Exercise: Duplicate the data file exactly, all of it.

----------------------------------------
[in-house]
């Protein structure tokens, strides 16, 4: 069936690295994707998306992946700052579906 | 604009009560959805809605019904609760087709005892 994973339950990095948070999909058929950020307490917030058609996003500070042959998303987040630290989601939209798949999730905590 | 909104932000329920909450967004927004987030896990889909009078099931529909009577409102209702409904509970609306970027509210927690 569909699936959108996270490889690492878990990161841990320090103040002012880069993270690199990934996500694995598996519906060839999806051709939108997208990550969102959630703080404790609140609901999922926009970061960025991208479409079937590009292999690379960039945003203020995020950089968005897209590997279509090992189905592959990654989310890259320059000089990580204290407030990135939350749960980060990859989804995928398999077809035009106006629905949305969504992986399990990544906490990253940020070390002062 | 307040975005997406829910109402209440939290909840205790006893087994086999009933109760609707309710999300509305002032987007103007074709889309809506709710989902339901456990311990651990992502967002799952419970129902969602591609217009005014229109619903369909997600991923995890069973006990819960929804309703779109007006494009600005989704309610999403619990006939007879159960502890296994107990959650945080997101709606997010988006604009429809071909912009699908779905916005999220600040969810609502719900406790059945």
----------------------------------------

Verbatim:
[in-house]
């Protein structure tokens, strides 16, 4: 069936690295994707998306992946700052579906 | 604009009560959805809605019904609760087709005892 994973339950990095948070999909058929950020307490917030058609996003500070042959998303987040630290989601939209798949999730905590 | 909104932000329920909450967004927004987030896990889909009078099931529909009577409102209702409904509970609306970027509210927690 569909699936959108996270490889690492878990990161841990320090103040002012880069993270690199990934996500694995598996519906060839999806051709939108997208990550969102959630703080404790609140609901999922926009970061960025991208479409079937590009292999690379960039945003203020995020950089968005897209590997279509090992189905592959990654989310890259320059000089990580204290407030990135939350749960980060990859989804995928398999077809035009106006629905949305969504992986399990990544906490990253940020070390002062 | 307040975005997406829910109402209440939290909840205790006893087994086999009933109760609707309710999300509305002032987007103007074709889309809506709710989902339901456990311990651990992502967002799952419970129902969602591609217009005014229109619903369909997600991923995890069973006990819960929804309703779109007006494009600005989704309610999403619990006939007879159960502890296994107990959650945080997101709606997010988006604009429809071909912009699908779905916005999220600040969810609502719900406790059945």